“But perhaps the most remarkable aspect of Hispanics in America is how closely they exemplify our idealized concept of 1950s America. They are young (their median age is about where the whole nation was in 1955) and more often live in large, traditional, married-with-children families with lots of participation from grandparents ... Over the next decade, as millions of bilingual Hispanic teens become young adults, we can expect their consumer behavior to move closer to other non-Hispanic young adults. However, the very large size of this segment suggests that the Hispanic culture is likely to remain strong, even among U.S.-born children.”
    KC's View:
    A shift that will have business, political and cultural implications. Get ready now.

    Published on: July 28, 2010

    The Chicago Sun Times reports that a federal lawsuit has been filed against Supervalu, charging the company with “dirty tricks” in its efforts to deny Walmart a location in Mundelein, Illinois. The plaintiffs are looking for $75,000 in reparations.

    According to the story, the suit was filed by the location’s owner, Rubloff Development Group.

    Supervalu has been getting a lot of attention lately for hiring a company called Saint Consulting Group that specializes in trying to keep Walmart out of communities by manufacturing an anti-Walmart campaign that is designed to look like a grass roots effort. Supervalu has denied the allegations made in the lawsuit.
    KC's View:
    I hate this story, because it just has the parties involved looking kind of cheap and unsavory. If you are going to compete with Walmart, just compete...don't pull this kind of nonsense.

    Published on: July 28, 2010

    Bloomberg BusinessWeek reports that Walmart’s desire to open a third store in Chicago - just weeks after a second store was approved by the city after years of delays and negotiations - “may hinge on whether the retailer is promising to pay workers at least 50 cents more than the Illinois minimum wage.”

    Members of the City Council reportedly have threatened to delay any action on a third floor until they get a satisfactory answer about wages and benefits to be paid to workers at a third store; there also is some discussion of waiting to see how the retailer’s second store affects local businesses before approving a third unit.

    Steve Restivo, a Walmart spokesman, tells Bloomberg BusinessWeek that while he cannot confirm a starting wage for a third store, the retailer’s intention is “to offer a competitive wage.”
    KC's View:

    Published on: July 28, 2010

    • The Oakland Tribune reports that “while the rest of the retail industry hunkers down and waits in vain for AWOL shoppers to return, Bay Area grocery chains are battling it out in a full-fledged price war that shows no sign of ending.” The newest competitor to add heat to the marketplace - Kroger, which announced that it will “open two 72,000-square-foot stores under the retailer's Foods Co. banner.”

    The goal, the story says is to “fill the void left by Lucky's and Albertson's that closed several years ago despite efforts to keep them.”
    KC's View:

    Published on: July 28, 2010

    • Supervalu announced that Pamela K. Knous, executive vice president and chief financial officer, will leave the company effective July 30 “to pursue other career interests.” She has been with Supervalu for more than a dozen years.

    Sherry M. Smith, currently senior vice president, finance at Supervalu, will serve as interim chief financial officer until the search is completed.
    KC's View:

    Published on: July 28, 2010

    I debated with myself long and hard before deciding to venture down this road. Here goes...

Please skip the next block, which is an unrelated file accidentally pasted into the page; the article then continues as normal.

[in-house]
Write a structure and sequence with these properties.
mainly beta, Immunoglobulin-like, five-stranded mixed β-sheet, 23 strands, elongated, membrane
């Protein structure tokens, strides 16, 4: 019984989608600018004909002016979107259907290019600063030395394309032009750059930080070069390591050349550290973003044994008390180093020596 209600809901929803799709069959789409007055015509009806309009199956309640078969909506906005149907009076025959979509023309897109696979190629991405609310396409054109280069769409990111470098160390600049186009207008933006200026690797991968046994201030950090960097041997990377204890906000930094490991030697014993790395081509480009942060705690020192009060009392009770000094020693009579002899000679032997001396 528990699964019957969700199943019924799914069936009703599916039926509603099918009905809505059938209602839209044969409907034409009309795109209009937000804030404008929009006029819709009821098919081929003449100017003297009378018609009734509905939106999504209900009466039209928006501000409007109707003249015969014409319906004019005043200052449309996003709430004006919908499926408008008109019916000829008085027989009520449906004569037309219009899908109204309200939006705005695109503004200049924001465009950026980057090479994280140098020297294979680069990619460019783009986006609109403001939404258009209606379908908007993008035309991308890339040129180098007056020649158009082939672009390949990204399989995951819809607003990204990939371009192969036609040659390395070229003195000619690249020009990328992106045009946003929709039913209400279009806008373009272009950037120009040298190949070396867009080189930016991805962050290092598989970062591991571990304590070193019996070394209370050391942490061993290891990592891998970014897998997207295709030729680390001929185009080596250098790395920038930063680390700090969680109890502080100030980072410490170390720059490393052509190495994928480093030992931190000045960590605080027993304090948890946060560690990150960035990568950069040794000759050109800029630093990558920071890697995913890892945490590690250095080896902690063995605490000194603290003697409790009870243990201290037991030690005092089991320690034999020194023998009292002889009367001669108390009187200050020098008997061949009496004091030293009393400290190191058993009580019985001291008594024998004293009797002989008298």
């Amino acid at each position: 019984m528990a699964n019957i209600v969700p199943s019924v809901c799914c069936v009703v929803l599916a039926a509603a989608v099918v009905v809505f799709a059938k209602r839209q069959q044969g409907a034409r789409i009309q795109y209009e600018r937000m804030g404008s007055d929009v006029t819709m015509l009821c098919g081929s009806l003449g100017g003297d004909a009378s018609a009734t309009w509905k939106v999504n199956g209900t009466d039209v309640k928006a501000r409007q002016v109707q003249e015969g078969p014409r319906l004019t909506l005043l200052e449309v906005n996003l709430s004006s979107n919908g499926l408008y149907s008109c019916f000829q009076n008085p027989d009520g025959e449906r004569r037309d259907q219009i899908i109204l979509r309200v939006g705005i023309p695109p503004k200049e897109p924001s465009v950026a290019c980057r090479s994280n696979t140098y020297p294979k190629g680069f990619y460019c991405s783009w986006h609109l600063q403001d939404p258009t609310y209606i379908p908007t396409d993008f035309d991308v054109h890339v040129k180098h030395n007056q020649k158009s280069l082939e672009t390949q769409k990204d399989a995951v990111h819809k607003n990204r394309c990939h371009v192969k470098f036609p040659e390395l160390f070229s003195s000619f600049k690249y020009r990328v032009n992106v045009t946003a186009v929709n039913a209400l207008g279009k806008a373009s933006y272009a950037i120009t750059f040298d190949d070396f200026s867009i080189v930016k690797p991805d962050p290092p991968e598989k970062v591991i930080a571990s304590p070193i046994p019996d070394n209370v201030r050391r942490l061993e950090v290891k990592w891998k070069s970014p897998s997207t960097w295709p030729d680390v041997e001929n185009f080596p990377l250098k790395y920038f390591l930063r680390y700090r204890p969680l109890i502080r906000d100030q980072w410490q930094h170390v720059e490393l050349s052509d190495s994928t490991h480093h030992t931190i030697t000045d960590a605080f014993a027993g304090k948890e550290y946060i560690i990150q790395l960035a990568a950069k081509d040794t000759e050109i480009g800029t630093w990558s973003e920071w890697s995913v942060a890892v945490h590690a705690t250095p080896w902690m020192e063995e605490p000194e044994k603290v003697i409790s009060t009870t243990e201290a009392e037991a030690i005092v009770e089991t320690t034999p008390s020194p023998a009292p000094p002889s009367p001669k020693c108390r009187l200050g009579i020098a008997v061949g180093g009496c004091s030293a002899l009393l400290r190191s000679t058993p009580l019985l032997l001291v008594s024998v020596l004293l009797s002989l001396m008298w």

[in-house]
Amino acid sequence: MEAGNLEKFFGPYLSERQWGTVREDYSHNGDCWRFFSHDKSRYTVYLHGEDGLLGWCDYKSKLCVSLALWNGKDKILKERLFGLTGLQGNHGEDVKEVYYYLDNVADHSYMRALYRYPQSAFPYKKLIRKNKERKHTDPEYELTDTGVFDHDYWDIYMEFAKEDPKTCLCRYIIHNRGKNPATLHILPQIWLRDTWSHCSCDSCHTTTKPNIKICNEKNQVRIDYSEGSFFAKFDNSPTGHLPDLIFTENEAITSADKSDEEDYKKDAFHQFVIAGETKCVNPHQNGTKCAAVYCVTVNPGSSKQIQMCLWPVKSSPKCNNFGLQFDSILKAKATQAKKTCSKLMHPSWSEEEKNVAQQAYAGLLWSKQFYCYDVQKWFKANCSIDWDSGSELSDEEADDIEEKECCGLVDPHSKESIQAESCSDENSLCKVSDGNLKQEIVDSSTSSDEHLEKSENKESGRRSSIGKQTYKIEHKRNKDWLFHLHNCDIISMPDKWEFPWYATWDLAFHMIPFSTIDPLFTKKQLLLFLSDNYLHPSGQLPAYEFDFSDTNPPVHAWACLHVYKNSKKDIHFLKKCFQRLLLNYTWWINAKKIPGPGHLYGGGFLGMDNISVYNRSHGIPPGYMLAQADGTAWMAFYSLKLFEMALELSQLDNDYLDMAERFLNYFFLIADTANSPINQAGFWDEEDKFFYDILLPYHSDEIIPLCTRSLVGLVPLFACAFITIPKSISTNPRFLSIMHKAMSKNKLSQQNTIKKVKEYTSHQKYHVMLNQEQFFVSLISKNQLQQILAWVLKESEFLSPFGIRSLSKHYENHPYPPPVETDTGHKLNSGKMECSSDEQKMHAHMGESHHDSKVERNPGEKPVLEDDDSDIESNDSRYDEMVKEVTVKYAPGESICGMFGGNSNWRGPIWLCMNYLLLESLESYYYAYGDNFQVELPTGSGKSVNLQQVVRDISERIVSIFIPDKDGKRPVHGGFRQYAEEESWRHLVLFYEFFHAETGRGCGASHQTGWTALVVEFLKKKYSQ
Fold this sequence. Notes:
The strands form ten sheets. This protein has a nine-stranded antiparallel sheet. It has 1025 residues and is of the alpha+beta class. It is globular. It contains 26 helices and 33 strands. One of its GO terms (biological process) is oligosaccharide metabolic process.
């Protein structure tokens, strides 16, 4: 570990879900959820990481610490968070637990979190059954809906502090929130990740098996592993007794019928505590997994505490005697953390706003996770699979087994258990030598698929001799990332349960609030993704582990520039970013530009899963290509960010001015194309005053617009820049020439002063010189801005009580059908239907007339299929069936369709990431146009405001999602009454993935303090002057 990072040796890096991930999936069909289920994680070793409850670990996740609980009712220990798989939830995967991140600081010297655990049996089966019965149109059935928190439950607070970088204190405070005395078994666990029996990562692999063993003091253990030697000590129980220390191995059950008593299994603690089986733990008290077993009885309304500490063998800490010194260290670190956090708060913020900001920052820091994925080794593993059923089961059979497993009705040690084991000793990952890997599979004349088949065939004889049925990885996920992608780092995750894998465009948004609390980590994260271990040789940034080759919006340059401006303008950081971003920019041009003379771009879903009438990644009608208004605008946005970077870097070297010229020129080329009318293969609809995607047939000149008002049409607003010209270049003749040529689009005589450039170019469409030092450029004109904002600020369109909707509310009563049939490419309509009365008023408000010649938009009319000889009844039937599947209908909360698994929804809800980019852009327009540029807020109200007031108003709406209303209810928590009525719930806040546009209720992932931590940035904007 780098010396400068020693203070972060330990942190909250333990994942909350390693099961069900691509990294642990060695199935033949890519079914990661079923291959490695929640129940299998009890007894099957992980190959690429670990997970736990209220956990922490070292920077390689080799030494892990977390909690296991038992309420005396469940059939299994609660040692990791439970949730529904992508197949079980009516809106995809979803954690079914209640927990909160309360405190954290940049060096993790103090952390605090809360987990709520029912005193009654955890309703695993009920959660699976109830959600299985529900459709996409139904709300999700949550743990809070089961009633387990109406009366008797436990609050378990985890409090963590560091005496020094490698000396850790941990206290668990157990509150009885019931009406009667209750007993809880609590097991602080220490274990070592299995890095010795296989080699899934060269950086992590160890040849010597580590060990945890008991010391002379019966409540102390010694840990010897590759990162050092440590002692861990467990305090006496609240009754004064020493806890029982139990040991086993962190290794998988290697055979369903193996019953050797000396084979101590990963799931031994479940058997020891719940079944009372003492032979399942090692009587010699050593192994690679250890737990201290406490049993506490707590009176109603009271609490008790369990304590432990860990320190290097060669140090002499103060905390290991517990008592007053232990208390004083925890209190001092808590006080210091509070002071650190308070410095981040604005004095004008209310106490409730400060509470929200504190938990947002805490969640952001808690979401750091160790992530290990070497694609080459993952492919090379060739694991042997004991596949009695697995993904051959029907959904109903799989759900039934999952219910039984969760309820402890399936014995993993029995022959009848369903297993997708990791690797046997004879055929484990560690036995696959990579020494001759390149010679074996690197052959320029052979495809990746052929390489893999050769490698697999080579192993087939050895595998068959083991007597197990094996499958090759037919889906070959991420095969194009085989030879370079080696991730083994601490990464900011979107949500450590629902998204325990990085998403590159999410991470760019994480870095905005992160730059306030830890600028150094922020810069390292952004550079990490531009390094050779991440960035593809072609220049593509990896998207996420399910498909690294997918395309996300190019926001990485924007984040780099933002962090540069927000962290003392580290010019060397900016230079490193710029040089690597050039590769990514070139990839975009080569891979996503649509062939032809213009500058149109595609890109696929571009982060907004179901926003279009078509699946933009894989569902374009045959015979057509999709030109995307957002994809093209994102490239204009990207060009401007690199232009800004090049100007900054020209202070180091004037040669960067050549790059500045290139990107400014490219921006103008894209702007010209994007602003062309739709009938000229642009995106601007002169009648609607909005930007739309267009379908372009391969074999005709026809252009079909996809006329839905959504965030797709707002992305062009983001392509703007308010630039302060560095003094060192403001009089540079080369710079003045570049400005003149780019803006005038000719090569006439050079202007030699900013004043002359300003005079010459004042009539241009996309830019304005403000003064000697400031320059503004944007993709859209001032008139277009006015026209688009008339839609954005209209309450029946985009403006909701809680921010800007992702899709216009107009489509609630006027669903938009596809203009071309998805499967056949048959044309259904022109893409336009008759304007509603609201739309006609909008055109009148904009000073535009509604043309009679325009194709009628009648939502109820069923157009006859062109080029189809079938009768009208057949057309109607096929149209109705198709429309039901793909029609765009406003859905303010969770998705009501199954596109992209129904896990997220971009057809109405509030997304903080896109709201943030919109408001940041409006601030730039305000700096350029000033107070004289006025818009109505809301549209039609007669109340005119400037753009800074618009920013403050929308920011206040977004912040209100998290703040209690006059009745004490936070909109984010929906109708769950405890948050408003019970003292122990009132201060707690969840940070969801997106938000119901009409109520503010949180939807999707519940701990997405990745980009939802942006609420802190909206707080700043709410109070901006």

The other day I got blasted over my reference to Rep. John Boehner (R-Ohio) as being for repeal of the just-enacted financial reform legislation, which includes provisions for reform and regulation of credit and debit card swipe fees. The criticism was legitimate, I thought, because I had accidentally left out the context and analysis that I originally intended; where I drew the line was when the writer described me as being “just another left-leaning cheerleader for disastrous policies,” which I thought was a little unfair.

    Then, yesterday, there was an email from someone looking to support me, saying that the original writer sounded like “a typical Fox News (i.e., radical) Republican: an arrogant, narrow-minded bully who can’t see past his own anger at the fact that his taxes might go up.  These people have absolutely no clue about what led to the mess we now face and are frantically searching for someone with D before their name to blame.”

    And now, there is another email, from MNB user Dave Vosteen:

    Does this idiot really think attacking the Republican Party is the way to go. I can’t believe you gave him the space. Are you kidding me?????? The only news network that doesn’t pander to the left. He is a complete idiot and feel free to forward this to the Jackass!!!!!!!  “Republican: an arrogant, narrow-minded bully.”

    Again the very phrase he accuses others of being he is himself!!!!! Tell him to go to hell and I am disappointed you would even give him the time of day. Are your left leanings coming out? I know we should all watch CNN and get the liberal left shoved down our throat and be like lambs led to die. What a typical democrat.

    You illustrate my broader point.  You think he is an overly biased bully...and an idiot.  He thinks people like you are the same thing.  "Tell him to go to hell"?  There's no civility in the discussion, no room for any sort of compromise, no room to say that on some issues and approaches, the other guy may have a legitimate argument, even if you disagree with him.

    “Left leanings?” When I ran the email from the more conservative reader, you didn't accuse me of having "right leanings"... because such a thing would never occur to you, because you think right is right and left is wrong.  The other side thinks that left is right and right is wrong.  The only thing that the two sides increasingly have in common is anger.  And if it continues unabated, you'll all have something else in common, at least from my perspective - increased political impotence.
    KC's View: